Elijah will be Moshiach’s ally in many areas. First he will pave the way by bringing the hearts of the fathers to their children and the hearts of the children to their fathers. His focus will be to bring peace to the world. Elijah will also have a role in announcing the arrival of Moshiach, resolving unanswered questions of Jewish law and assisting Moshiach in the Resurrection of the Dead, among other roles he will fill.

The Shin: Shalom and Shabbos

This leads us next to the letter shin, which is the initial character of the word Shalom-peace. One of Moshiach’s most momentous pronouncements will be the word “shalom” because the Messianic Age will bring the ultimate peace between G‑d and the world, which will, in turn, remove all the barriers that exist between people. There will be true unity at last within the Jewish community. Furthermore, all of the nations will join the Jewish people in serving one G‑d, although they will not have to convert to Judaism.

The shin also refers directly to Shabbos. The entire Messianic Age is compared to the tranquility and serenity that the Shabbos introduces. Whereas in the present we have a taste of the future Shabbos one day a week, in the Era of Redemption every day will be Shabbos; perpetual delight and bliss.

The Yud: Yechidah and Ultimate Oneness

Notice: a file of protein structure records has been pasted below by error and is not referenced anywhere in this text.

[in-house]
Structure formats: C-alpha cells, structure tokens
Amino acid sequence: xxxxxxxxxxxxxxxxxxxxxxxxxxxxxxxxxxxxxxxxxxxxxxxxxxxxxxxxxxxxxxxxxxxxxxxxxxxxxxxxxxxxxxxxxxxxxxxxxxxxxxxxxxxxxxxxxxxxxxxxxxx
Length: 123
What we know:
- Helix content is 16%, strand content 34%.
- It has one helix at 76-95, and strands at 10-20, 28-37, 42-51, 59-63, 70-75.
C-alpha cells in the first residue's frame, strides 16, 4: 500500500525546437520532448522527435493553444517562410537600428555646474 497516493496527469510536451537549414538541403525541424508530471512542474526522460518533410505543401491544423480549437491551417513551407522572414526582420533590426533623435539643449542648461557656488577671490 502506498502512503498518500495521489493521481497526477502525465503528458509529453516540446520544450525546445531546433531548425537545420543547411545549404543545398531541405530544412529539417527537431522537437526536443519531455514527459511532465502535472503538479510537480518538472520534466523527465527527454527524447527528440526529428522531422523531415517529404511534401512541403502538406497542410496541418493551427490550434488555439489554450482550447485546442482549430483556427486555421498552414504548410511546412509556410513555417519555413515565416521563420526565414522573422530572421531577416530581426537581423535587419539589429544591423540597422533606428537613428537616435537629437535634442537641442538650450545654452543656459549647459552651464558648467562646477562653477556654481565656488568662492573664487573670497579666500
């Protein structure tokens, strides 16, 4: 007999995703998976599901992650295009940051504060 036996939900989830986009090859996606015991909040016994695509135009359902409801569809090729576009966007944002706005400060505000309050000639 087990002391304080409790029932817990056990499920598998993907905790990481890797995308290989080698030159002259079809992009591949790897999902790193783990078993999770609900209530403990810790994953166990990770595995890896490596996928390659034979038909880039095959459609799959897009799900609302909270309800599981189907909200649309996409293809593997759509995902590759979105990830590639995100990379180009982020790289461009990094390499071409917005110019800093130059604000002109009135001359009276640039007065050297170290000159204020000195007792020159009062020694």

This leads us to the penultimate letter, yud. This letter, besides being the first letter of G‑d’s name, is also the initial of the word Yechidah, which is the name for the soul’s very essence. It is the soul’s purest expression of its connection with G‑d’s essence; indeed, Yechidah is the essence of the soul as it connects to the essence of G‑d. This level of the soul, which can only be expressed intermittently in the present day and age, will become the staple in the Messianic Age.

Moreover, Moshiach himself is called the Yechidah of all souls. This means that he possesses the ultimate expression ofYechidah, which represents the ultimate in oneness with G‑d, and ignites the Yechidah spark within all of us.


Bereishis stands for six features of the Messianic Age:

Beis: Beis Hamikdash-The first stage in the Final Redemption

Reish: Moshiach, the epitome of humility and the ultimate teacher.

Aleph: The introduction of the Master, Teacher and Wonder of the world into the parameters and framework of our exile lives.

Shin: Shalom-universal peace and the eternal Shabbos

Yud: The revelation of the Yechidah-essence of our souls

Tav: The Resurrection of the Dead